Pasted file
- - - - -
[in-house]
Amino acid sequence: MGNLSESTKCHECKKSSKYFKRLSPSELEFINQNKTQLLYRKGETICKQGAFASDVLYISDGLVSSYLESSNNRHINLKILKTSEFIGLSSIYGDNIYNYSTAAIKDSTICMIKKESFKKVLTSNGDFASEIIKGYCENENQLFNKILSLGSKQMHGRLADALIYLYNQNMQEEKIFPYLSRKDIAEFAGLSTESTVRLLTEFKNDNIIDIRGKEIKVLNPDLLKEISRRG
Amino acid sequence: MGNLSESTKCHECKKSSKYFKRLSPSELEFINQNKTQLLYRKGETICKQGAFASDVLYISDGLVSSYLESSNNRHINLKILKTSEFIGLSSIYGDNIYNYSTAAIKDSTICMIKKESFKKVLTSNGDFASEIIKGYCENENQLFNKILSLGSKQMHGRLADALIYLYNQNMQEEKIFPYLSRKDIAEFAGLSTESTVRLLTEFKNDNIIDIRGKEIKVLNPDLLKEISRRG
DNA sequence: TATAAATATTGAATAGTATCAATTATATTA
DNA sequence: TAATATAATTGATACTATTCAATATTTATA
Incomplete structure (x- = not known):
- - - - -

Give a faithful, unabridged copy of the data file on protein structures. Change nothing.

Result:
[in-house]
Amino acid sequence: MGNLSESTKCHECKKSSKYFKRLSPSELEFINQNKTQLLYRKGETICKQGAFASDVLYISDGLVSSYLESSNNRHINLKILKTSEFIGLSSIYGDNIYNYSTAAIKDSTICMIKKESFKKVLTSNGDFASEIIKGYCENENQLFNKILSLGSKQMHGRLADALIYLYNQNMQEEKIFPYLSRKDIAEFAGLSTESTVRLLTEFKNDNIIDIRGKEIKVLNPDLLKEISRRG
Amino acid sequence: MGNLSESTKCHECKKSSKYFKRLSPSELEFINQNKTQLLYRKGETICKQGAFASDVLYISDGLVSSYLESSNNRHINLKILKTSEFIGLSSIYGDNIYNYSTAAIKDSTICMIKKESFKKVLTSNGDFASEIIKGYCENENQLFNKILSLGSKQMHGRLADALIYLYNQNMQEEKIFPYLSRKDIAEFAGLSTESTVRLLTEFKNDNIIDIRGKEIKVLNPDLLKEISRRG
DNA sequence: TATAAATATTGAATAGTATCAATTATATTA
DNA sequence: TAATATAATTGATACTATTCAATATTTATA
Incomplete structure (x- = not known):